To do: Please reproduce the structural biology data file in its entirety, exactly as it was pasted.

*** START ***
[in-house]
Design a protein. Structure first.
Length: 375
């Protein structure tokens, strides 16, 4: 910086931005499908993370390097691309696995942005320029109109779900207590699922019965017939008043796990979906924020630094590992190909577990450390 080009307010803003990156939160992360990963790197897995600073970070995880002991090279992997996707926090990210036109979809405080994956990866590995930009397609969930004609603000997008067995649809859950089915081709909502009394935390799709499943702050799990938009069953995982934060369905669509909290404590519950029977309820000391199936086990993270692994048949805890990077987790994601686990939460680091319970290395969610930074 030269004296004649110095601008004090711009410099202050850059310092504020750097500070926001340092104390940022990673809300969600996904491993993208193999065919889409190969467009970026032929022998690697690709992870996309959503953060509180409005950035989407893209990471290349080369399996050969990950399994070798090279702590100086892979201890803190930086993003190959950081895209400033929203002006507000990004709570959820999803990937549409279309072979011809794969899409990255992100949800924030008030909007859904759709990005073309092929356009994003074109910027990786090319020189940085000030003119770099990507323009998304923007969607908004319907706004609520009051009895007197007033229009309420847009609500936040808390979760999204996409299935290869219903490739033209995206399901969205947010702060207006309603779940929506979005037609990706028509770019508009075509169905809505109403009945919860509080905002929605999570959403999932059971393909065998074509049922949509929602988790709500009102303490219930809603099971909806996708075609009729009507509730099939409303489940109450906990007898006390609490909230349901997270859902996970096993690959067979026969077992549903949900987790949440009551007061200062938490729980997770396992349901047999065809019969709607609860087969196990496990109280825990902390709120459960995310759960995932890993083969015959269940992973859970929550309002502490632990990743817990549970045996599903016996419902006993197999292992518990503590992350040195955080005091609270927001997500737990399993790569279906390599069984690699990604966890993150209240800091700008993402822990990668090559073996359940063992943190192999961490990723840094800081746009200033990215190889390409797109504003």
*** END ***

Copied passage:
[in-house]
Design a protein. Structure first.
Length: 375
């Protein structure tokens, strides 16, 4: 910086931005499908993370390097691309696995942005320029109109779900207590699922019965017939008043796990979906924020630094590992190909577990450390 080009307010803003990156939160992360990963790197897995600073970070995880002991090279992997996707926090990210036109979809405080994956990866590995930009397609969930004609603000997008067995649809859950089915081709909502009394935390799709499943702050799990938009069953995982934060369905669509909290404590519950029977309820000391199936086990993270692994048949805890990077987790994601686990939460680091319970290395969610930074 030269004296004649110095601008004090711009410099202050850059310092504020750097500070926001340092104390940022990673809300969600996904491993993208193999065919889409190969467009970026032929022998690697690709992870996309959503953060509180409005950035989407893209990471290349080369399996050969990950399994070798090279702590100086892979201890803190930086993003190959950081895209400033929203002006507000990004709570959820999803990937549409279309072979011809794969899409990255992100949800924030008030909007859904759709990005073309092929356009994003074109910027990786090319020189940085000030003119770099990507323009998304923007969607908004319907706004609520009051009895007197007033229009309420847009609500936040808390979760999204996409299935290869219903490739033209995206399901969205947010702060207006309603779940929506979005037609990706028509770019508009075509169905809505109403009945919860509080905002929605999570959403999932059971393909065998074509049922949509929602988790709500009102303490219930809603099971909806996708075609009729009507509730099939409303489940109450906990007898006390609490909230349901997270859902996970096993690959067979026969077992549903949900987790949440009551007061200062938490729980997770396992349901047999065809019969709607609860087969196990496990109280825990902390709120459960995310759960995932890993083969015959269940992973859970929550309002502490632990990743817990549970045996599903016996419902006993197999292992518990503590992350040195955080005091609270927001997500737990399993790569279906390599069984690699990604966890993150209240800091700008993402822990990668090559073996359940063992943190192999961490990723840094800081746009200033990215190889390409797109504003």